Landslide susceptibility analysis is the necessary procedure for timely discovering and locking potential sources of slope instabilities in natural terrain areas. The infinite slope model is broadly applied for evaluating the shallow landslide susceptibility coupling the geotechnical and geological parameters with a hydrological model. Because rainfall is one of the major factors inducing landslides, the calculation of the water table and pore water pressure is an important task in our approach. To assess appropriately the most susceptible areas, we propose a new framework for regional slope stability based on probabilistic analysis by combining a hydromechanical model, which couples the Fast Shallow Landslide Assessment Model (FSLAM) and reliability method. A user-friendly software based on the open-source geographic information system (QGIS) platform called the GIS-FSLAM-FORM plugin adopting the Python programming language was designed and developed. Accounting for the potential uncertainties of geotechnical parameters (in particular effective cohesion and friction of soil or root strength), the horizontal hydraulic conductivity, as well as the soil depth. Our now approach is emphasized for its simple hydrologic model and its high computation efficiency. To consider the probabilistic information of the FSLAM incorporating the infinite slope, the first-order reliability method (FORM) is presented during the analysis although inevitably involving iterative computing. The developed plugin using physically-based modelling can directly provide several regional hazard index distribution maps, such as the factor of safety (FoS), reliability index (RI), and failure probability (Pf).

How to cite: Cui, H., Hürlimann, M., Medina, V., and Ji, J.: GIS-FSLAM-FORM: A QGIS plugin for fa t probabilistic susceptibility assessment of rainfall-induced landslides at regional scale, EGU General Assembly 2023, Vienna, Austria, 23–28 Apr 2023, EGU23-295, https://doi.org/10.5194/egusphere-egu23-295, 2023.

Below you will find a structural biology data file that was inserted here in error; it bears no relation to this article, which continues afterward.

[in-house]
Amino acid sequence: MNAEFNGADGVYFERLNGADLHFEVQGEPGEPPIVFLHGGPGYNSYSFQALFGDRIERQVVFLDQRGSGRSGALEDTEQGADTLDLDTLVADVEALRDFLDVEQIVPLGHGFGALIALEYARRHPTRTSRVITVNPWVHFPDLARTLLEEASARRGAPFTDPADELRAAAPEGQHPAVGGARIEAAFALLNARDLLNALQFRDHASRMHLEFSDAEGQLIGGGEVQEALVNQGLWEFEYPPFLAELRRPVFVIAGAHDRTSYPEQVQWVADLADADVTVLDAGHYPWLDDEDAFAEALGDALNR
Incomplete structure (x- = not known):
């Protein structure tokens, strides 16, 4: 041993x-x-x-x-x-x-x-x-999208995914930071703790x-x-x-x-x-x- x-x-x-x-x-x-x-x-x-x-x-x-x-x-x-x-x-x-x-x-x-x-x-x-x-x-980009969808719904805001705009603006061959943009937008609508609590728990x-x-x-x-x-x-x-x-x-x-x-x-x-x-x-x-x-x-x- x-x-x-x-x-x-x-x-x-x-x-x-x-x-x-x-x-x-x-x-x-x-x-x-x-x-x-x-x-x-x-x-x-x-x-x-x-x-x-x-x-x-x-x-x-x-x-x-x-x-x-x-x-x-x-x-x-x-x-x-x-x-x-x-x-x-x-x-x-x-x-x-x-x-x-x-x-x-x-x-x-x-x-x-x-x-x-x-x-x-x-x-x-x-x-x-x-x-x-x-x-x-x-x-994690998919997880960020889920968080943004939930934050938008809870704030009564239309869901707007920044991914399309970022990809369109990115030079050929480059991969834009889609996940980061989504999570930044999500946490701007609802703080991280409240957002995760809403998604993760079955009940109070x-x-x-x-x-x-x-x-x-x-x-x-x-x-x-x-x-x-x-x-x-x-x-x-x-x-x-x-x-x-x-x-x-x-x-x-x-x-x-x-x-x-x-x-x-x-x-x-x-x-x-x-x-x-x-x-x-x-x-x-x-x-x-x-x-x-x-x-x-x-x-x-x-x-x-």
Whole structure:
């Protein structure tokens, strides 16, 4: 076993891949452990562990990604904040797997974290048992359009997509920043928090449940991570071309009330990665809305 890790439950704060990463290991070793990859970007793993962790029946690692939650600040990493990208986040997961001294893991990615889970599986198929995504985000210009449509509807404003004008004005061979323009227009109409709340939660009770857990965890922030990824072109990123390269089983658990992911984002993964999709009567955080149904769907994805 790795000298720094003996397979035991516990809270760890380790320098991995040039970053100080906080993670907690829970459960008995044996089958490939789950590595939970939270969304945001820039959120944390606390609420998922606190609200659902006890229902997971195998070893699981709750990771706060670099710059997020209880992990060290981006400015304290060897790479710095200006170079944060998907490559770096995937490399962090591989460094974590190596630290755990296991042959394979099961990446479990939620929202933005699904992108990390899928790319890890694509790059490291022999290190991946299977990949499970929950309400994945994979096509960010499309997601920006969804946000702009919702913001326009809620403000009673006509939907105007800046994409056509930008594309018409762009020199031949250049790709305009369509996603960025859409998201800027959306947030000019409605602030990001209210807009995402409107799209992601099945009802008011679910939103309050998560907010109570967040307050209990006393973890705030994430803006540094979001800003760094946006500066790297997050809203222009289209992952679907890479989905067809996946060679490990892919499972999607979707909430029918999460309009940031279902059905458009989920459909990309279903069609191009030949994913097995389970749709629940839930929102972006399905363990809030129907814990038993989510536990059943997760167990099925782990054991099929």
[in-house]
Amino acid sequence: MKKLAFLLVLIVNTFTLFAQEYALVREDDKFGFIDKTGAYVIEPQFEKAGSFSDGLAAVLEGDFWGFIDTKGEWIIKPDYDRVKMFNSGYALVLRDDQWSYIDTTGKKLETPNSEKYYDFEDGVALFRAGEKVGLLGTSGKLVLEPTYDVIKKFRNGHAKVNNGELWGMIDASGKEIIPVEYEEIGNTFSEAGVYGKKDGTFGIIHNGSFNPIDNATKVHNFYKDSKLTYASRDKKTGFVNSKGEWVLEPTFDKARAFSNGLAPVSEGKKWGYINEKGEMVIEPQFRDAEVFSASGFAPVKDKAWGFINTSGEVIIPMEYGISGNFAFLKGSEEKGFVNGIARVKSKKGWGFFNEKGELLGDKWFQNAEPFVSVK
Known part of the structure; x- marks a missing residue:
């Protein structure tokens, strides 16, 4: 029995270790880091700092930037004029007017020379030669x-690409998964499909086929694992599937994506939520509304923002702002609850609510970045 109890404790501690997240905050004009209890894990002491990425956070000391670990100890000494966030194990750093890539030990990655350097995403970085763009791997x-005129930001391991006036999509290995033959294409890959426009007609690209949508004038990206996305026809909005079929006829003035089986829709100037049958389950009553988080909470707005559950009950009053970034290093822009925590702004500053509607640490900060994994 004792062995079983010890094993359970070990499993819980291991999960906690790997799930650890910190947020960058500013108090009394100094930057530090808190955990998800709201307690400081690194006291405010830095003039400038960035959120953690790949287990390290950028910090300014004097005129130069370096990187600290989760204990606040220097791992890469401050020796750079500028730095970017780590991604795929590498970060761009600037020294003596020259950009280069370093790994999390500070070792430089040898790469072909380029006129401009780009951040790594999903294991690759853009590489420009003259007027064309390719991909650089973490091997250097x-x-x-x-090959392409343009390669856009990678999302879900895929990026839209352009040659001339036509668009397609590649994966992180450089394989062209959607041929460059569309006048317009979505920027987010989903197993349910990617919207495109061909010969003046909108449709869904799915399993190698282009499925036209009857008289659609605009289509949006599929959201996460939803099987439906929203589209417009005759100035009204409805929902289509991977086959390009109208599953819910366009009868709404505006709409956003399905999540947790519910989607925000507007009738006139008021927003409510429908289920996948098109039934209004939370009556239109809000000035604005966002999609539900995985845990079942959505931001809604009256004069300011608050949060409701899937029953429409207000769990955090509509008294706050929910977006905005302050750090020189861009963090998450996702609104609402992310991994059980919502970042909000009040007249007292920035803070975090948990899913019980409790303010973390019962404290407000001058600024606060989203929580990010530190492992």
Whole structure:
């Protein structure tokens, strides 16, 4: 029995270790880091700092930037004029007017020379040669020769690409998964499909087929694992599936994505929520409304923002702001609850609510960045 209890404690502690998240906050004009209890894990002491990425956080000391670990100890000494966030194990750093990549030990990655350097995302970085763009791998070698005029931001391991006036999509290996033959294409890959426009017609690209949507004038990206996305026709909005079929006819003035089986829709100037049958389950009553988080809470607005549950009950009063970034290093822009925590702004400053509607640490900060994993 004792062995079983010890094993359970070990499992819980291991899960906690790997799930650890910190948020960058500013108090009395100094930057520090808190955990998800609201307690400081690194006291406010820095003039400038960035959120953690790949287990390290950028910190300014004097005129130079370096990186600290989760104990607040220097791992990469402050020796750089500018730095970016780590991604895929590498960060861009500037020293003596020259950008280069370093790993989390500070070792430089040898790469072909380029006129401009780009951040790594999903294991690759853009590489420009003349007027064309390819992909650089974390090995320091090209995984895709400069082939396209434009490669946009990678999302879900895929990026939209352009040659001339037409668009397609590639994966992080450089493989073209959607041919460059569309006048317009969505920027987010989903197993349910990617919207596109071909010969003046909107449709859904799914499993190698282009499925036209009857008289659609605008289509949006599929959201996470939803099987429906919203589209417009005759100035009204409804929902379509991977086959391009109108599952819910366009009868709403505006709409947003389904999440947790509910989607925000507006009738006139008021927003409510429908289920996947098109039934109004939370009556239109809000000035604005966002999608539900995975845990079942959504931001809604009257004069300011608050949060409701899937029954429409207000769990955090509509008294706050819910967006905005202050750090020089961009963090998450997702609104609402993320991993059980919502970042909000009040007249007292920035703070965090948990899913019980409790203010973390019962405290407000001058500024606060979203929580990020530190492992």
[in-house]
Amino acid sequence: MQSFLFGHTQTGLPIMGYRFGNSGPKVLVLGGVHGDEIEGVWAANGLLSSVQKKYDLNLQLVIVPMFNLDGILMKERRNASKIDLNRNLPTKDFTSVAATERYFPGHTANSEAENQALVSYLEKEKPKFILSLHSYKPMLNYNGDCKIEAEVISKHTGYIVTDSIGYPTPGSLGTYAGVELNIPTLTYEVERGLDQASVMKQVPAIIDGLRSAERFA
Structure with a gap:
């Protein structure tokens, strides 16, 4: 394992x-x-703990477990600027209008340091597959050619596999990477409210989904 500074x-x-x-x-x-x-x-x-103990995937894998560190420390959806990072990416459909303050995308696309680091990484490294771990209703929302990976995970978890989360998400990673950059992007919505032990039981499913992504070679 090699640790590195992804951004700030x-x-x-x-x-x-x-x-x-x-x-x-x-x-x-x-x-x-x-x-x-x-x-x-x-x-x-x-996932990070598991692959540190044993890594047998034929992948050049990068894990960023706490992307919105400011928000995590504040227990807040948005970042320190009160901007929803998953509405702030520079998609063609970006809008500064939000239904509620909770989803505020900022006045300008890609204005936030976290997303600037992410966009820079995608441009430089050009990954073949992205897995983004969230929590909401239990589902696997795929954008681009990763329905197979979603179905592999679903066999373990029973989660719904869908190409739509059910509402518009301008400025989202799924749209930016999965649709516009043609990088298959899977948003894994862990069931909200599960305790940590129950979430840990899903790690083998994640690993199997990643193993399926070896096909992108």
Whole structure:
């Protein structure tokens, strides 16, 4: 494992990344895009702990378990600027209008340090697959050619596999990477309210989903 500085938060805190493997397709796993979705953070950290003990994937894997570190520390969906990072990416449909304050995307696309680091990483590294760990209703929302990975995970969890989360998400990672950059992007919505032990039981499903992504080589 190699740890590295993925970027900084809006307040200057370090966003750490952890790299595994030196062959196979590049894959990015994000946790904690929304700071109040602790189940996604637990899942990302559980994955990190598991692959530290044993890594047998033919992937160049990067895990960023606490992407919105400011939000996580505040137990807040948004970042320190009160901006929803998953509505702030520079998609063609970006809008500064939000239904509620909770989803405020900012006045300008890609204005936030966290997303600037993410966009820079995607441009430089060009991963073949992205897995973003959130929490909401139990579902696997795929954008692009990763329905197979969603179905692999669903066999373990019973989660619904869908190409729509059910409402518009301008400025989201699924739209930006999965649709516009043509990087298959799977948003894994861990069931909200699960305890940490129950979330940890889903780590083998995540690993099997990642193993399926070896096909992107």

X3.36
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EGU23-3566
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GM3.3
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ECS
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Highlight
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Marco Loche, Massimiliano Alvioli, Ivan Marchesini, and Luigi Lombardo

We develop a slope-unit based landslide susceptibility model using the benchmark dataset proposed in the session, located in Central Italy. As a result, we produce two susceptibility maps based on the two different landslide presence attribute fields included in the dataset.

The proposed dataset is a subset of a much larger one, recently used to obtain landslide susceptibility all over Italy. We further explore the differences between results obtained from the proposed dataset, and landslide susceptibility obtained at national scale. The national scale results were obtained in a Bayesian version of a binomial Generalized Additive Model (GAM) in R-INLA, an R implementation of the integrated nested Laplace approximation for approximate Bayesian inference. The method can explain the spatial distribution of landslides using a family of Bernoulli exponential functions.